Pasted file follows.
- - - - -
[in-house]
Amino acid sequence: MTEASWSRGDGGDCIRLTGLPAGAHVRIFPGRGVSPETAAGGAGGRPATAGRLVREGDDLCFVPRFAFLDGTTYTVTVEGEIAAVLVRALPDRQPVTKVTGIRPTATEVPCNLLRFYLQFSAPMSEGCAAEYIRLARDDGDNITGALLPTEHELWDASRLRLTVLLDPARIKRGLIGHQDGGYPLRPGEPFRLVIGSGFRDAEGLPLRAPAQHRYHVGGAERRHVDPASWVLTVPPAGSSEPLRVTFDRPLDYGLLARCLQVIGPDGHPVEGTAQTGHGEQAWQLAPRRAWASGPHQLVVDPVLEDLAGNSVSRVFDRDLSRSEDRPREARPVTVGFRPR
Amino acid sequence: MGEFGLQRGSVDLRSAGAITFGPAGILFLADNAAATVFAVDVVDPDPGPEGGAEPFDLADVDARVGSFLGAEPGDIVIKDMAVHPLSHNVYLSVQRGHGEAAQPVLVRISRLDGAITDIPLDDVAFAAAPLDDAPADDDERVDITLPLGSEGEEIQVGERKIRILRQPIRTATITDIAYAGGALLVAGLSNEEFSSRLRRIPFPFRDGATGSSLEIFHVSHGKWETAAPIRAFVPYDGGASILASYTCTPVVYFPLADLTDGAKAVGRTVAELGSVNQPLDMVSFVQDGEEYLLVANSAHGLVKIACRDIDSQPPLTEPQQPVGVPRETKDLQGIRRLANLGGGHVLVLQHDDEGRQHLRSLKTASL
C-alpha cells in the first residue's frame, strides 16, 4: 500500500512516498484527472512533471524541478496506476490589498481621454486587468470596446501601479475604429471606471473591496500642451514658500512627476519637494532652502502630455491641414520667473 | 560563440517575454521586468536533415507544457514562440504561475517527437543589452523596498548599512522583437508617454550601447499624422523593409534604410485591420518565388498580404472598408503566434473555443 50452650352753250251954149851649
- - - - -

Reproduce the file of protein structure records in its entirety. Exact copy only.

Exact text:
[in-house]
Amino acid sequence: MTEASWSRGDGGDCIRLTGLPAGAHVRIFPGRGVSPETAAGGAGGRPATAGRLVREGDDLCFVPRFAFLDGTTYTVTVEGEIAAVLVRALPDRQPVTKVTGIRPTATEVPCNLLRFYLQFSAPMSEGCAAEYIRLARDDGDNITGALLPTEHELWDASRLRLTVLLDPARIKRGLIGHQDGGYPLRPGEPFRLVIGSGFRDAEGLPLRAPAQHRYHVGGAERRHVDPASWVLTVPPAGSSEPLRVTFDRPLDYGLLARCLQVIGPDGHPVEGTAQTGHGEQAWQLAPRRAWASGPHQLVVDPVLEDLAGNSVSRVFDRDLSRSEDRPREARPVTVGFRPR
Amino acid sequence: MGEFGLQRGSVDLRSAGAITFGPAGILFLADNAAATVFAVDVVDPDPGPEGGAEPFDLADVDARVGSFLGAEPGDIVIKDMAVHPLSHNVYLSVQRGHGEAAQPVLVRISRLDGAITDIPLDDVAFAAAPLDDAPADDDERVDITLPLGSEGEEIQVGERKIRILRQPIRTATITDIAYAGGALLVAGLSNEEFSSRLRRIPFPFRDGATGSSLEIFHVSHGKWETAAPIRAFVPYDGGASILASYTCTPVVYFPLADLTDGAKAVGRTVAELGSVNQPLDMVSFVQDGEEYLLVANSAHGLVKIACRDIDSQPPLTEPQQPVGVPRETKDLQGIRRLANLGGGHVLVLQHDDEGRQHLRSLKTASL
C-alpha cells in the first residue's frame, strides 16, 4: 500500500512516498484527472512533471524541478496506476490589498481621454486587468470596446501601479475604429471606471473591496500642451514658500512627476519637494532652502502630455491641414520667473 | 560563440517575454521586468536533415507544457514562440504561475517527437543589452523596498548599512522583437508617454550601447499624422523593409534604410485591420518565388498580404472598408503566434473555443 50452650352753250251954149851649